Jim Williams has been watching birds and writing about their antics since before "Gilligan's Island" went into reruns. Join him for his unique insights, his everyday adventures and an open conversation about the birds in your back yard and beyond.

Posts about Bird biology

Warbler at sapsucker well

Posted by: Jim Williams Updated: October 13, 2014 - 10:51 AM

As migrating warblers moved through Duluth last week, Will Stenberg took this photo of a Palm Warbler drinking sap from a Yellow-bellied Sapsucker’s well. Sapsuckers drill wells, often in large numbers of rows, to draw sap. The birds eat the plant tissue, and drink the sap. They also eat the insects attracted to the leaking liquid.  Yellow-bellied Sapsuckers are one of four North American members of that family. The warbler might have been thirsty, might have liked the flavor. Very nIce photo. Thanks for sharing, Will.

Winter finch forecast

Posted by: Jim Williams Updated: September 29, 2014 - 10:52 PM

WINTER FINCH FORECAST    

Each fall Ron Pittaway of Ontario gathers information on the tree-seed crops that will or won’t keep some of our hoped-for winter bird visitors north of us. From a variety of sources he collects data on three species of trees key to winter bird food — spruces, birches, and mountain ash trees.

Here is his forecast, with my disclaimer that things might not go exactly this way. Our thanks to him for this annual peak into the future at this winter’s feeders. 

One good piece of news is that cone crops are called poor west of Ontario, which might help birds in that region to move south.

Do not expect to see Pine Grosbeaks. Mountain ash crops are good in key Canadian areas. That is likely to keep these birds north.

We should see Purple Finches. They feed on seeds of coniferous and deciduous trees. Those seed crops are low. (Purple Finches favor black oil sunflower seeds at feeders.)

Red Crossbills are unlikely. Red and white pine cone crops in Ontario are good.

White-winged Crossbills are possible in areas where cone crops are strong.

Common Redpolls should return after an almost complete absence last winter. Birch seed crops are poor to average in Canada’s boreal forest. (Redpolls prefer niger thistle seed at feeders.)

Hoary Redpolls: watch for them in northern redpoll flocks.

Pittaway’s report says Blue Jays have been migrating south out of Canada.

Red-breasted Nuthatchs will be moving south because spruce cone crops, important to that bird, are low to average in number.

Bohemian Waxwings are predicted to stay north this winter because the mountain-ash berry crop throughout the boreal forest is very good to excellent.

House Wren nest with feathers and flowers

Posted by: Jim Williams Updated: October 20, 2014 - 10:16 AM

One of the nest boxes in our yard held an unusual House Wren nest this summer. The nest proper is quite visible from above. Wren nests far more often contain a narrow passageway leading from entry to nest proper, preventing a direct look at eggs or chicks. More unusual are the feathers woven into the stick structure (Cedar Waxwing feather at the far right with yellow tip), and the bits of flower petal added to the floor. I’ve seen many wren nests in a dozen years of tending nest boxes. The feathers and flowers are a first. The nest was built in section of four-inch PVC pipe, one of the box designs created by Steve Gilbertson of Aitkin.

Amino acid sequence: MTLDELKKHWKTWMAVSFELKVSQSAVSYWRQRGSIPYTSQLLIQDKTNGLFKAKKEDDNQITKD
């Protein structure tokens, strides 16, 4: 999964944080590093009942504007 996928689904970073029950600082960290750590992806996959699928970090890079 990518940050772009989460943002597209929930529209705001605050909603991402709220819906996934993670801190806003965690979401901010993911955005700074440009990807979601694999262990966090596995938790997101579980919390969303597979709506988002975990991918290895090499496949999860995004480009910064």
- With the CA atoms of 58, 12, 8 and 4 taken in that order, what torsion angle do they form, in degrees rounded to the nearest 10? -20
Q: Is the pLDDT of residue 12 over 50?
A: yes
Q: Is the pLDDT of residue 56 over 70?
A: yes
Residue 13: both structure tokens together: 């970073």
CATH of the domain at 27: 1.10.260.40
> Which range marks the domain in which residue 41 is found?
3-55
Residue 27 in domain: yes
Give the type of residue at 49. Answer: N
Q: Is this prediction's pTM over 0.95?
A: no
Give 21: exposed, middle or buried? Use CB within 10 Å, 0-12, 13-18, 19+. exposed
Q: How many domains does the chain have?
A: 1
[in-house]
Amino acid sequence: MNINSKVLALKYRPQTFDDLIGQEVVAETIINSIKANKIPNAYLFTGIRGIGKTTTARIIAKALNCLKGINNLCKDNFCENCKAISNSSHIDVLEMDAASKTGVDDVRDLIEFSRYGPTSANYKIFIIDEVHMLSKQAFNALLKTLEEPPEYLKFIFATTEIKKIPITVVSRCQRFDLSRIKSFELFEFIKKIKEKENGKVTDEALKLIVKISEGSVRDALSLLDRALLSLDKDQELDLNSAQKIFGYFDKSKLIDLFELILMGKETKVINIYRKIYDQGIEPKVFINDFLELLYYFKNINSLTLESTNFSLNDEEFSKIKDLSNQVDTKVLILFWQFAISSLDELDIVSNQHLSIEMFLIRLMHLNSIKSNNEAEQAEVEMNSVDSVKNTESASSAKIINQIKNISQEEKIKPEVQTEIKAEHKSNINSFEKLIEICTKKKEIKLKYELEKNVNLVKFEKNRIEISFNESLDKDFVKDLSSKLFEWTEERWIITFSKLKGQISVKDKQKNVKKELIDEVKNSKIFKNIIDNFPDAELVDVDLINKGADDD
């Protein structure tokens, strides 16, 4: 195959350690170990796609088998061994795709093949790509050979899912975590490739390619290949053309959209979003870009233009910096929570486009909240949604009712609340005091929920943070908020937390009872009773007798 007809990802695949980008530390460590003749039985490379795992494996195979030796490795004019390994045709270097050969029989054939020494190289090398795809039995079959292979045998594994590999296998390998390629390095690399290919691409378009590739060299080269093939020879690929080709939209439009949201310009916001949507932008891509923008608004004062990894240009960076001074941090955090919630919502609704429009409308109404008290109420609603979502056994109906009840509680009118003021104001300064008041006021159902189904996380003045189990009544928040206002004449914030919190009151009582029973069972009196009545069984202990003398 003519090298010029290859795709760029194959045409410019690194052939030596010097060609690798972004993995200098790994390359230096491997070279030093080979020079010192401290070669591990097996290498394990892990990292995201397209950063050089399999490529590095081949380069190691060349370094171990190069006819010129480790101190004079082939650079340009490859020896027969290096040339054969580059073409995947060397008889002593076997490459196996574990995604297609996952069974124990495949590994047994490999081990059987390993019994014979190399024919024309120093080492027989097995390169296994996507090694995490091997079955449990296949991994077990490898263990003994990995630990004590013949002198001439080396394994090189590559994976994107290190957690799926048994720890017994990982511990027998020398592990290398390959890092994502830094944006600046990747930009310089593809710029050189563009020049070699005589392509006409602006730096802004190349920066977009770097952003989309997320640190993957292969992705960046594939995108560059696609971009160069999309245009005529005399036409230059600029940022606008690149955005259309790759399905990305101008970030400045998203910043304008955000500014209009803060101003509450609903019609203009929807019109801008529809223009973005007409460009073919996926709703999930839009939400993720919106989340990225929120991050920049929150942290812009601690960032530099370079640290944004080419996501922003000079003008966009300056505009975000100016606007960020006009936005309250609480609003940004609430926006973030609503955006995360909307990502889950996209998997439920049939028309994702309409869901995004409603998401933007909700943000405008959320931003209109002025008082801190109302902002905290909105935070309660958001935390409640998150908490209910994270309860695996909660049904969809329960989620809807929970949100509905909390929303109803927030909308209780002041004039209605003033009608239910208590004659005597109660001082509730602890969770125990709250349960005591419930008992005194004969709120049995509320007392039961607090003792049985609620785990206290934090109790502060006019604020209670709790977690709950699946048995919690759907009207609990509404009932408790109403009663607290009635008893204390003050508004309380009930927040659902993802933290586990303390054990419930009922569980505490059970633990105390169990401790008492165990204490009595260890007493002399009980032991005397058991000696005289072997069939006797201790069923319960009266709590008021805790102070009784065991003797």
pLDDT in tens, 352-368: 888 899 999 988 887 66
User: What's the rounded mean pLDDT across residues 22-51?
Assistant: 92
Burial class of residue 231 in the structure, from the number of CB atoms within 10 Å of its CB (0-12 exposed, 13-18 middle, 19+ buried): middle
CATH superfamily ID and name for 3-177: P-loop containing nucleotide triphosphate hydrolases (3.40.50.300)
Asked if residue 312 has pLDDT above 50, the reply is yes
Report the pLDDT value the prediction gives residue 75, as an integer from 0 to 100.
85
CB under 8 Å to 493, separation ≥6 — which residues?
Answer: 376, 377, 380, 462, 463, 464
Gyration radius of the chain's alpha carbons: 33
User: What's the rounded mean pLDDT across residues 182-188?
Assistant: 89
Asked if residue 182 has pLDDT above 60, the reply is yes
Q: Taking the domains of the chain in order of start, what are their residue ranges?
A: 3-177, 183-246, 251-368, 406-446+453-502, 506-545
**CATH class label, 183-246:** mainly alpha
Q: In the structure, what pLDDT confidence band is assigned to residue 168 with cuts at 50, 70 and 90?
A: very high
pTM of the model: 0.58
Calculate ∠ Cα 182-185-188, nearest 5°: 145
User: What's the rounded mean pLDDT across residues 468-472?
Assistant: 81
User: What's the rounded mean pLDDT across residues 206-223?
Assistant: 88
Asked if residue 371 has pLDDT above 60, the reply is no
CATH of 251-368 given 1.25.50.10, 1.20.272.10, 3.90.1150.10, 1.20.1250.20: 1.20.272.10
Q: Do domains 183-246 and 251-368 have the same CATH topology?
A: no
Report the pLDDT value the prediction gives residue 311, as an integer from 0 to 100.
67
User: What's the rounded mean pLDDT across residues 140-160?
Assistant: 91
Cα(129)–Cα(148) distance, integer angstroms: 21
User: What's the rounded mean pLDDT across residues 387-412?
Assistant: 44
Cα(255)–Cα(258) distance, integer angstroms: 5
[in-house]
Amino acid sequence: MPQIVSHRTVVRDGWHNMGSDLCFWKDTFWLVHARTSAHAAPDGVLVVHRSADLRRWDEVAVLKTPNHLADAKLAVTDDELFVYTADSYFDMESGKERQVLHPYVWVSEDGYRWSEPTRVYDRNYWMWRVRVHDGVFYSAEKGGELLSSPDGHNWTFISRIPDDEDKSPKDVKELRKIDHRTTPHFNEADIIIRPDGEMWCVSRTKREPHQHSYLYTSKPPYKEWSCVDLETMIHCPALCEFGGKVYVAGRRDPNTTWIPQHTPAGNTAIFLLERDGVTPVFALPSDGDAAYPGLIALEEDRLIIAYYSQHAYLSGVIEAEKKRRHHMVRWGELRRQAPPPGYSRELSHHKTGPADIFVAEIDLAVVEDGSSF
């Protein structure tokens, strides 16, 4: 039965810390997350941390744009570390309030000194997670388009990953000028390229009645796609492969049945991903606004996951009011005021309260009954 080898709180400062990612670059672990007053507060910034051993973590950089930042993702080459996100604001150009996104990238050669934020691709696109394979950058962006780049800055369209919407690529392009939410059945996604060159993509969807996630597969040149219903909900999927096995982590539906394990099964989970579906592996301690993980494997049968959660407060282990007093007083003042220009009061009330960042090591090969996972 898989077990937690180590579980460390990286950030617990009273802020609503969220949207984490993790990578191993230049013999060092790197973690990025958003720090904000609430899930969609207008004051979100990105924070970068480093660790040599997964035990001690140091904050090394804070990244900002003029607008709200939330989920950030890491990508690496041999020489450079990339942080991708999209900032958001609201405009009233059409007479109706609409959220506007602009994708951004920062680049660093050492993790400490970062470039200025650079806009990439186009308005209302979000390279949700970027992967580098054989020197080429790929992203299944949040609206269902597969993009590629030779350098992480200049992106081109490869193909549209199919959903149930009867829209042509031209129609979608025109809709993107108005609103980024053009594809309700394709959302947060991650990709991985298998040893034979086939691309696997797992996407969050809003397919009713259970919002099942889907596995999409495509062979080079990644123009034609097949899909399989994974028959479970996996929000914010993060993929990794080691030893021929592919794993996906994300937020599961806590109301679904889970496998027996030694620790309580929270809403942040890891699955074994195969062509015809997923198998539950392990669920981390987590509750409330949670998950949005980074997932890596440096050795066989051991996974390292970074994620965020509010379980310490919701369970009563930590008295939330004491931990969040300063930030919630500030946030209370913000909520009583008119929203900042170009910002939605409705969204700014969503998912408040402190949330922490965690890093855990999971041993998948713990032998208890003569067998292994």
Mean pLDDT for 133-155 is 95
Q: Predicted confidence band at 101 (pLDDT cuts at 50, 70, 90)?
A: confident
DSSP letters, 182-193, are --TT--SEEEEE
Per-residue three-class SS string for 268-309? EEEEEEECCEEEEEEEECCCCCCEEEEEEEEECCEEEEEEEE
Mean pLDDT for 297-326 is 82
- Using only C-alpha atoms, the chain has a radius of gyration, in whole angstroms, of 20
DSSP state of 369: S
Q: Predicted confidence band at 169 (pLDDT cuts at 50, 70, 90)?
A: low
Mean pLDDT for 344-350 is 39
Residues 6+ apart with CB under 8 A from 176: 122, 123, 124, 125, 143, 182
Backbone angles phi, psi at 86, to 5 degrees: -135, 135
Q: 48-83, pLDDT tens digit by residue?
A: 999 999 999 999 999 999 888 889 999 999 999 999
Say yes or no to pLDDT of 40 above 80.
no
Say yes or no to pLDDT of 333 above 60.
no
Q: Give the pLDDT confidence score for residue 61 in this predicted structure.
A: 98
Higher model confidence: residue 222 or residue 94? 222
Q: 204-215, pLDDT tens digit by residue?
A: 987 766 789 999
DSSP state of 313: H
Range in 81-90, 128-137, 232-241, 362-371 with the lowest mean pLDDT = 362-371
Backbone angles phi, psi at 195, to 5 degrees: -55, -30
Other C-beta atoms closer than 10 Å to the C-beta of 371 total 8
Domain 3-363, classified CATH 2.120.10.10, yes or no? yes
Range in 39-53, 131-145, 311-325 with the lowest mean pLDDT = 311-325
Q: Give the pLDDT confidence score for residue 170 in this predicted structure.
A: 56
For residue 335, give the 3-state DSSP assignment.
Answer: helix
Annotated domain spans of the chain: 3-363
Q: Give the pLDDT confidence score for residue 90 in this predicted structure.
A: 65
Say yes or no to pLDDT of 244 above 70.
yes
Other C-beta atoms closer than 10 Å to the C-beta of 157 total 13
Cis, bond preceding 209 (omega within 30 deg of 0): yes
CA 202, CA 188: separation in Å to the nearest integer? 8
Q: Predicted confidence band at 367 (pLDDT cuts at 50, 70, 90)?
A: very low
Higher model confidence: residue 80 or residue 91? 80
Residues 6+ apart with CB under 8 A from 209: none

Steve, by the way, has retired from building his popular and successful boxes, both the PVC model and his wooden Gilwood box. His box designs were used throughout Eastern Bluebird range by hundreds of bluebird fans. Located in proper habitat, House Wrens obviously found the boxes attractive, too, as did Tree Swallows.

Wren nest with feathers and flowers

Posted by: Jim Williams Updated: September 19, 2014 - 10:10 PM

One of the nest boxes in our yard held an unusual House Wren nest this summer. The nest proper is quite visible from above. Wren nests far more often contain a narrow passageway leading from entry to nest proper, preventing a direct look at eggs or chicks. More unusual are the feathers woven into the stick structure (Cedar Waxwing feather at the far right with yellow tip), and the bits of flower petal added to the floor. I’ve seen many wren nests in a dozen years of tending nest boxes. The feathers and flowers are a first. The nest was built in section of four-inch PVC pipe, one of the box designs created by Steve Gilbertson of Aitkin. 

 

Steve, by the way, has retired from building his popular and successful boxes, both the PVC model and his wooden Gilwood box. His box designs were used throughout Eastern Bluebird range by hundreds of bluebird fans. Located in proper habitat, House Wrens obviously found the boxes attractive, too, as did Tree Swallows.

If pigs could fly .....

Posted by: Jim Williams Updated: September 2, 2014 - 11:18 AM

Commmon Grackles, uncommon most of the year in our yard, thank goodness, are far too common on some early fall days. I remove feeder trays to reduce the amount of seed they eat, but the birds work hard to grip anything that gives them seed access, often sparring for position. Last week, as this acrobat and its companions raided us, I simply let the feeders go empty. We'll fill them today, with crossed fingers. Grackles are beautiful birds, very photogenic, all angles and iridescence, one of my favorites. Some days, actually, the seed is worth the photos. The bird in the second photo, being confronted (not fed!), is a juvenile, as shown by its red eyes.

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